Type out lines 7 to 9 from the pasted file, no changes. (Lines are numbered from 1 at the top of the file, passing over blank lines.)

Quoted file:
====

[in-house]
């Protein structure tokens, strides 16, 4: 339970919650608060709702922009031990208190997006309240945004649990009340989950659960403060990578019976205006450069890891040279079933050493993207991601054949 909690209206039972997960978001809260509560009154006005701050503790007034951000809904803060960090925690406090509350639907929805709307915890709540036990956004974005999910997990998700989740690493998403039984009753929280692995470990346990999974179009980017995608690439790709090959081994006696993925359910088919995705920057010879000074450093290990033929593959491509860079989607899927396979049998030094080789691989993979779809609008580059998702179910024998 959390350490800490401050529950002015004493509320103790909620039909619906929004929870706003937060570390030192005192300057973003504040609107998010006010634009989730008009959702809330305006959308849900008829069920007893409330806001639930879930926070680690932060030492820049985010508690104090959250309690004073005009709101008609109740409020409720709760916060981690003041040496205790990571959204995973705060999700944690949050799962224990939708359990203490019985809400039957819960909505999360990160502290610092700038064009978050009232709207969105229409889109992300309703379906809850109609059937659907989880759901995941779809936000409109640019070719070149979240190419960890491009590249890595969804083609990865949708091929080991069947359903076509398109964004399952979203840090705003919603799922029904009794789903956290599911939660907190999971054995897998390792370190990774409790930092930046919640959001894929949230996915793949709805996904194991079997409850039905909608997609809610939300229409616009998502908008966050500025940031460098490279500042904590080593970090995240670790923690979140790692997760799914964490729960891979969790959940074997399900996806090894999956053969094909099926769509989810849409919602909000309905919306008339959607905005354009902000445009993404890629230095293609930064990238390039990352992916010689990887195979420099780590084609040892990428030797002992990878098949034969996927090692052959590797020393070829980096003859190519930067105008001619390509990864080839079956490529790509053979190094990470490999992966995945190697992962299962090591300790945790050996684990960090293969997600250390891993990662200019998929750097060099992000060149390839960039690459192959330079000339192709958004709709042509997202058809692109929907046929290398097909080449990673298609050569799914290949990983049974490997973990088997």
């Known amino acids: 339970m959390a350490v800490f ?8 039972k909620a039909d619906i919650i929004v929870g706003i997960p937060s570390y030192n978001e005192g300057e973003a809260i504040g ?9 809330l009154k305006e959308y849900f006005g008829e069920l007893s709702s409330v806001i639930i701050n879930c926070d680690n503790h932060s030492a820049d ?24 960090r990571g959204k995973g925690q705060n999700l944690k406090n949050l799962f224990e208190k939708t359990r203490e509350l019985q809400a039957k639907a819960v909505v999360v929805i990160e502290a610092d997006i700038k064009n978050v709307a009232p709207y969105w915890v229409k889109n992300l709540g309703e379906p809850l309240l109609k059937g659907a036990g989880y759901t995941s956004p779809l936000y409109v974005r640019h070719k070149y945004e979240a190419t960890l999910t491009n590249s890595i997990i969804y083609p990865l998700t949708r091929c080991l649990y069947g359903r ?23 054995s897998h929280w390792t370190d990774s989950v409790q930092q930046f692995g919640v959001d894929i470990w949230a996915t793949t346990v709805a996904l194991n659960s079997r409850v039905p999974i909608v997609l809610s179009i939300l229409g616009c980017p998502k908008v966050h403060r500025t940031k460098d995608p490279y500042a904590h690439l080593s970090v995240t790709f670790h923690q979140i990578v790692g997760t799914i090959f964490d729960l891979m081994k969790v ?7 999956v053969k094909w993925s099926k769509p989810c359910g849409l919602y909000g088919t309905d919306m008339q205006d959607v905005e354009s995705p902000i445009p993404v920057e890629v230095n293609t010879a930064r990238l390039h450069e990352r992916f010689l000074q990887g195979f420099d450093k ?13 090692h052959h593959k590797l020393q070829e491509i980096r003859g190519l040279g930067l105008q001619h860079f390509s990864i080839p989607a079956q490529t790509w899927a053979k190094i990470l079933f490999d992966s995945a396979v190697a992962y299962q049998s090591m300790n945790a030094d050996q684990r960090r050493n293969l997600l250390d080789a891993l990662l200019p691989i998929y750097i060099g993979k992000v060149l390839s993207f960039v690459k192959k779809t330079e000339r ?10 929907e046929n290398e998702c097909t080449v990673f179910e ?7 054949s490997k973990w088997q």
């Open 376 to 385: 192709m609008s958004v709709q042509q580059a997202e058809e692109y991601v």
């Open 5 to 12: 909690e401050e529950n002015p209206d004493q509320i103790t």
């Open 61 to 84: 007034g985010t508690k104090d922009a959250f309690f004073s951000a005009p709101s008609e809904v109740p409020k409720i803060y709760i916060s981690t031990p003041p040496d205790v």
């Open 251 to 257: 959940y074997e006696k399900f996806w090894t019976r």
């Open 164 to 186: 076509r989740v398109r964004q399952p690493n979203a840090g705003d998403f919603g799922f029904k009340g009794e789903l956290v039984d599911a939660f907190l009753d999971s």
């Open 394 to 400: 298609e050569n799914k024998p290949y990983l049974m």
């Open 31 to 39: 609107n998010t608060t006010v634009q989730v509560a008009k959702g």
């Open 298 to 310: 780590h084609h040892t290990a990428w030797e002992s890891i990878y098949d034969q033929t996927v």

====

């Open 251 to 257: 959940y074997e006696k399900f996806w090894t019976r």
């Open 164 to 186: 076509r989740v398109r964004q399952p690493n979203a840090g705003d998403f919603g799922f029904k009340g009794e789903l956290v039984d599911a939660f907190l009753d999971s």
């Open 394 to 400: 298609e050569n799914k024998p290949y990983l049974m």